A mansion modeled after Thomas Jefferson’s Monticello plantation (pictured) has sold at auction for $2.1million
The 10,000 square foot replica house (pictured) in Somers, Connecticut, was built by Friendly’s Ice Cream co-founder S. Prestley Blake
Marble top counters give the kitchen a luxurious feel.
Nestled in nine acres of land, the property has seven fireplaces (pictured) and a three car garage and cost a cool $7.7 million to build
The house was built to mimic the original Monticello from the outside, including the decorative railings on the roof and the handmade bricks imported from Virginia, laid in the same Flemish bond pattern used by Jefferson
The mansion, which also has three helicopter landing spots, combines an up-to-date interior with Jefferson’s classic exterior design
The original Monticello mansion was built by Thomas Jefferson in Charlottesville, Virginia in 1768
‘At the age of 21, Thomas Jefferson inherited several thousand acres of land that encompassed the family estate as well as his favorite boyhood haunt: a nearby hilltop called Monticello (Italian for ‘little mountain’)
‘In 1768, a year after the future president was admitted to the Virginia bar, workers broke ground on the site.
The Parlor at Monticello
‘Jefferson drafted the blueprints for Monticello’s neoclassical mansion, outbuildings, gardens and grounds. Though he had no formal training, he had read extensively about architecture, particularly that of ancient Rome and the Italian Renaissance.
Dining Room at Monticello
‘Years later, he would become an accomplished architect whose designs included the Virginia state capitol and the main buildings at the University of Virginia.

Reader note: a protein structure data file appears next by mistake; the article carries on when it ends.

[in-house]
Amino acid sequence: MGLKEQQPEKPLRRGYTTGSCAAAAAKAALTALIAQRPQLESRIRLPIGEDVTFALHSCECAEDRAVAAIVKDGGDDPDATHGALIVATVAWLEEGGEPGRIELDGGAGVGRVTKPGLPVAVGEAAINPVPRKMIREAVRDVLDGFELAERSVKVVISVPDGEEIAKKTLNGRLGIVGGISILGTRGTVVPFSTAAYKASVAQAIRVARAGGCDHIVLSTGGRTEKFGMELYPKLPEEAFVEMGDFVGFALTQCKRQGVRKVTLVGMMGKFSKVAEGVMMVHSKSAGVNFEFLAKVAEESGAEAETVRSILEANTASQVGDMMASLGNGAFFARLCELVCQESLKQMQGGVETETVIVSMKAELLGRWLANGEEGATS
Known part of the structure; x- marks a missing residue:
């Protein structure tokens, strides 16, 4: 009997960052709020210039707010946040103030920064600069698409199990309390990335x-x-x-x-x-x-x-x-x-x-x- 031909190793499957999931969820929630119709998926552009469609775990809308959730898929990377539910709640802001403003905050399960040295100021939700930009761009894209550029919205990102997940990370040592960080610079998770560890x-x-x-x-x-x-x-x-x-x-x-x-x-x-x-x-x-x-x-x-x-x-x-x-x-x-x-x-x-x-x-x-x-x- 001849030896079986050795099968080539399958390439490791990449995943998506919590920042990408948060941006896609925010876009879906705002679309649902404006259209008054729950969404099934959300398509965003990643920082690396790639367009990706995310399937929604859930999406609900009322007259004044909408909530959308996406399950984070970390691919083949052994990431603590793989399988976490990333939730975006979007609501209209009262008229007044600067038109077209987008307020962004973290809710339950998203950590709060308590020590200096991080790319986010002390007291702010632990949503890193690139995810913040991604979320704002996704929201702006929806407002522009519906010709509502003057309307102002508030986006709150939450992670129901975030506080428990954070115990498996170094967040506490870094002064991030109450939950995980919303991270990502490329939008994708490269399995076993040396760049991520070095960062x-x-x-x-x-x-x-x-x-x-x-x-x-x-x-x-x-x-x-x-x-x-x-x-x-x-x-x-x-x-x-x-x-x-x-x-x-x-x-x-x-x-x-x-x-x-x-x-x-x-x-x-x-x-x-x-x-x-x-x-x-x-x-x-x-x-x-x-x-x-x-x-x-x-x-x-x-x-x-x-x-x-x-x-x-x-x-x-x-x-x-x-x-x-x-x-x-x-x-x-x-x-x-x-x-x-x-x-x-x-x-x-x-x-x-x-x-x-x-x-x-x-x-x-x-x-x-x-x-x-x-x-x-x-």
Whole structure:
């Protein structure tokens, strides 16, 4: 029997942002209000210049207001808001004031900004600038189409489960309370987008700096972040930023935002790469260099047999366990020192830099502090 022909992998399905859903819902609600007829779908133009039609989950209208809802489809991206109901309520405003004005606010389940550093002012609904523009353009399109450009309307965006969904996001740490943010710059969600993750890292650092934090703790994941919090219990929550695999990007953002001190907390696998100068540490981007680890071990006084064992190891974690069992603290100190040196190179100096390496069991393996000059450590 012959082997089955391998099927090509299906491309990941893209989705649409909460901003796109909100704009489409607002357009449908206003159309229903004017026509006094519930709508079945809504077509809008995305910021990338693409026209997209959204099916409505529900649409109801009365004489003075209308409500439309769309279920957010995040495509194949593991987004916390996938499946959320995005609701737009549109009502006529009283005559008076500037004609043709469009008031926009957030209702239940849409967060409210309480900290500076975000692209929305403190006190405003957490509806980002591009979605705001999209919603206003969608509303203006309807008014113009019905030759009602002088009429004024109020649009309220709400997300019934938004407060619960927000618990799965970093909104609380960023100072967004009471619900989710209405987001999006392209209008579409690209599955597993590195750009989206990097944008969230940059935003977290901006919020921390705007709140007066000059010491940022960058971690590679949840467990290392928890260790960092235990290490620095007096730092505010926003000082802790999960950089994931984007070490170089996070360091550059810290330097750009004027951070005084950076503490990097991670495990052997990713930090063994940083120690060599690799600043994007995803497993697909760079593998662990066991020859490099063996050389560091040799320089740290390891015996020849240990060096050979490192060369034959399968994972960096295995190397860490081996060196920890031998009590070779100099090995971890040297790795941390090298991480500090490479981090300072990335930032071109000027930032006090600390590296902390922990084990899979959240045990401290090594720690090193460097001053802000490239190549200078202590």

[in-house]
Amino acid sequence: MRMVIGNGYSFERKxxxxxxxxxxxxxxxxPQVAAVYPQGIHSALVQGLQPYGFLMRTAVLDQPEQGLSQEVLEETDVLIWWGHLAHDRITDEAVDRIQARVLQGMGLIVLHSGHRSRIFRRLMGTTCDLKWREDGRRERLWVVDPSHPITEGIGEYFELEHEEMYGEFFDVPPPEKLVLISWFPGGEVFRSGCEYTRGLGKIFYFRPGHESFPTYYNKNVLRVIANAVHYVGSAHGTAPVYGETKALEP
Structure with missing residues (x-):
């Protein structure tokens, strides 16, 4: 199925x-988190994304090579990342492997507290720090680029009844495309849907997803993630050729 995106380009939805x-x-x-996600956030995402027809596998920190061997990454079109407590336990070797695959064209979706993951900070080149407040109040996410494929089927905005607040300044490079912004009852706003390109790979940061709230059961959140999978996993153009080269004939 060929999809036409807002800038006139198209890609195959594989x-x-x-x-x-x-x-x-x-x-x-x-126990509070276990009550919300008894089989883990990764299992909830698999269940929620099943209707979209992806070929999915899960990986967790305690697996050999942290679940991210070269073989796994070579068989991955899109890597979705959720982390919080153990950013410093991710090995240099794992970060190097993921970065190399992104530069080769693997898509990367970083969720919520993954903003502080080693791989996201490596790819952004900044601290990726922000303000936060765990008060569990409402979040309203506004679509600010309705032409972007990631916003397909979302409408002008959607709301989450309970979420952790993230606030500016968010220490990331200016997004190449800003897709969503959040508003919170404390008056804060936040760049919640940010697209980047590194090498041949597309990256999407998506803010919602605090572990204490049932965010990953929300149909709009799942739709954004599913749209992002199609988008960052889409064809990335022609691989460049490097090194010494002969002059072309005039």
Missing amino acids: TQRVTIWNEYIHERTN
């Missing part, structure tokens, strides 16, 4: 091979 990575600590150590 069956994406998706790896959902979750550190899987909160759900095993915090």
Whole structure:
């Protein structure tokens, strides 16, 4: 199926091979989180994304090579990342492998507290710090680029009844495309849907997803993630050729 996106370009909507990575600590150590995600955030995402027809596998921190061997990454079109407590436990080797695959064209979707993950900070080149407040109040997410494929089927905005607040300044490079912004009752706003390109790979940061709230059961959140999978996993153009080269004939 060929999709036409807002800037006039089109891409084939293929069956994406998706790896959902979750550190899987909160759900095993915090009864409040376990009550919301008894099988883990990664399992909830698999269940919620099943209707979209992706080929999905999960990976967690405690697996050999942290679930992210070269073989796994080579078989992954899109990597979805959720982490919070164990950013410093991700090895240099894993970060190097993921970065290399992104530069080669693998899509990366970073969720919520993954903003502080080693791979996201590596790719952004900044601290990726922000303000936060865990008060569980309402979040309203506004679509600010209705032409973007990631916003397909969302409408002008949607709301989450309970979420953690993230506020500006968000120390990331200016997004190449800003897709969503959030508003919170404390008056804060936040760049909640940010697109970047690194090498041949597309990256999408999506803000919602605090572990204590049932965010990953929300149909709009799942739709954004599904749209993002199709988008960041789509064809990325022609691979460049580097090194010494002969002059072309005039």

‘Monticello was unique not only in its design but also in its use of local resources. At a time when most brick was still imported from England, Jefferson chose to mold and bake his own bricks with clay found on the property.
Monticello Parlor Moretz
‘Monticello’s grounds provided most of the lumber, stone and limestone, and even the nails used to construct the buildings were manufactured on site.
The second floor chamber of Thomas Jefferson’s daughter, Martha Jefferson Randolph.
‘In 1789, after returning from a trip to France, taken after his wife Martha Wayles died, he expanded the property. He added a central hallway, a mezzanine bedroom floor and an octagonal dome–the first of its kind in the United States.
‘Monticello was not just a residence but also a working plantation, home to roughly 130 enslaved African Americans whose duties included tending its gardens and livestock, plowing its fields and working in its on-site textile factory.’
Widowed and in debt, Anne Scott Jefferson Marks (1755–1828) lived under the protection of her brother and family patriarch, Thomas Jefferson.
She probably brought some of her own furnishings with her, including an easy chair and a bedstead and curtains that date from the time of her marriage in 1787.